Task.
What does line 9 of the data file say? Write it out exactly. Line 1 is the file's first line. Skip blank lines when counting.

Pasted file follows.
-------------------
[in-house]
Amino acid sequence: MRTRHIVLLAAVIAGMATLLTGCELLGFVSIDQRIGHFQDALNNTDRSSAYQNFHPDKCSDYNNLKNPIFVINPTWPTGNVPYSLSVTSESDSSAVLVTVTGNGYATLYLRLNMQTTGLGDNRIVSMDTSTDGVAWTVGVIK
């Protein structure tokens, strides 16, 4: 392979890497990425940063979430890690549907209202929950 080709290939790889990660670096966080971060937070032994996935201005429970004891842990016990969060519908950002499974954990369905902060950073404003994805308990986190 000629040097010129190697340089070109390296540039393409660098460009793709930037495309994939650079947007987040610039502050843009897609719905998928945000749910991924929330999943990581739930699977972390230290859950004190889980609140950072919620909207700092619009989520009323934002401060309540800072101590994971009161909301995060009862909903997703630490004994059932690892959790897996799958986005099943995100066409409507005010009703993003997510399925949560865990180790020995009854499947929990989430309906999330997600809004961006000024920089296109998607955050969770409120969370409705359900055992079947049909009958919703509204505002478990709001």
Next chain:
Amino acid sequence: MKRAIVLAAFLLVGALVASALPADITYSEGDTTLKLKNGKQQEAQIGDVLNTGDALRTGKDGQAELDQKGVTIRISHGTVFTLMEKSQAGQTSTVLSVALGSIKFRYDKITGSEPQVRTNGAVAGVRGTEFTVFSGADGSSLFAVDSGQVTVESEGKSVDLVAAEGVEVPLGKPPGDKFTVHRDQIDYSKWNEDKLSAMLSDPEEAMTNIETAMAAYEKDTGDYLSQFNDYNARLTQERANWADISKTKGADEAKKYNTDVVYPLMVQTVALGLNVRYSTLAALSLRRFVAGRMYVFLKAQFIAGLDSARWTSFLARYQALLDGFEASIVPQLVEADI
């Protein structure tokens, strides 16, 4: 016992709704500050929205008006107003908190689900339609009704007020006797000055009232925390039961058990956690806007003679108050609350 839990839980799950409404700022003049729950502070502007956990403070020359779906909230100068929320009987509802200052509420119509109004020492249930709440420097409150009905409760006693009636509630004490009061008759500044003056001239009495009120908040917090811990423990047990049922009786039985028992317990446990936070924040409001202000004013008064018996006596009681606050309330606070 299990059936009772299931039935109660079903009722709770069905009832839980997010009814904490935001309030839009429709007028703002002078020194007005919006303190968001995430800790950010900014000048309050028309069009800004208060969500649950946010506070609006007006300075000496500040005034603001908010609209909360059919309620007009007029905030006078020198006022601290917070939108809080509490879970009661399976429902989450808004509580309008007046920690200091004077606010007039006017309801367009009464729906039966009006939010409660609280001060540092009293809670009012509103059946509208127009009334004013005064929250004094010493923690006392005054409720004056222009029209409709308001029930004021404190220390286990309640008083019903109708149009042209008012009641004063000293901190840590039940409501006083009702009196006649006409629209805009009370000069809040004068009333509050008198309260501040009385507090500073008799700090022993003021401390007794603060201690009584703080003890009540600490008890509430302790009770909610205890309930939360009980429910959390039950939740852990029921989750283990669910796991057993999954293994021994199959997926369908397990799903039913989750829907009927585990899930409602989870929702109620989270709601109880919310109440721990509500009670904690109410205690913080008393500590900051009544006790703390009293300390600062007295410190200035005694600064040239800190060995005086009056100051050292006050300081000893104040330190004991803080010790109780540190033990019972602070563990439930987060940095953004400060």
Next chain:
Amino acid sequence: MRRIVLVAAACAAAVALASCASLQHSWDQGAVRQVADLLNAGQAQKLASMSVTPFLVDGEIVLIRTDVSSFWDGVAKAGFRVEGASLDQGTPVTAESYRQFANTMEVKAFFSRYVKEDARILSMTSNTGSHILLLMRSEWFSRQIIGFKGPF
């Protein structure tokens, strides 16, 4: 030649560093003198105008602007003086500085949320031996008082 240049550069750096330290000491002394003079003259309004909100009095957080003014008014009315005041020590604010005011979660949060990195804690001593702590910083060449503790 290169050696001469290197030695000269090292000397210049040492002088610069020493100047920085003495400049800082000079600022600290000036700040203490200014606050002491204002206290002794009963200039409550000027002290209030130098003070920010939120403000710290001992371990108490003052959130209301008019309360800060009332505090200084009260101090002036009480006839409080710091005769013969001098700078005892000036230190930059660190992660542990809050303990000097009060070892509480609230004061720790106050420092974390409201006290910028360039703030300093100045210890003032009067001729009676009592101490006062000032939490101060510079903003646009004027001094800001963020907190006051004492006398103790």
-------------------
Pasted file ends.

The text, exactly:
């Protein structure tokens, strides 16, 4: 030649560093003198105008602007003086500085949320031996008082 240049550069750096330290000491002394003079003259309004909100009095957080003014008014009315005041020590604010005011979660949060990195804690001593702590910083060449503790 290169050696001469290197030695000269090292000397210049040492002088610069020493100047920085003495400049800082000079600022600290000036700040203490200014606050002491204002206290002794009963200039409550000027002290209030130098003070920010939120403000710290001992371990108490003052959130209301008019309360800060009332505090200084009260101090002036009480006839409080710091005769013969001098700078005892000036230190930059660190992660542990809050303990000097009060070892509480609230004061720790106050420092974390409201006290910028360039703030300093100045210890003032009067001729009676009592101490006062000032939490101060510079903003646009004027001094800001963020907190006051004492006398103790």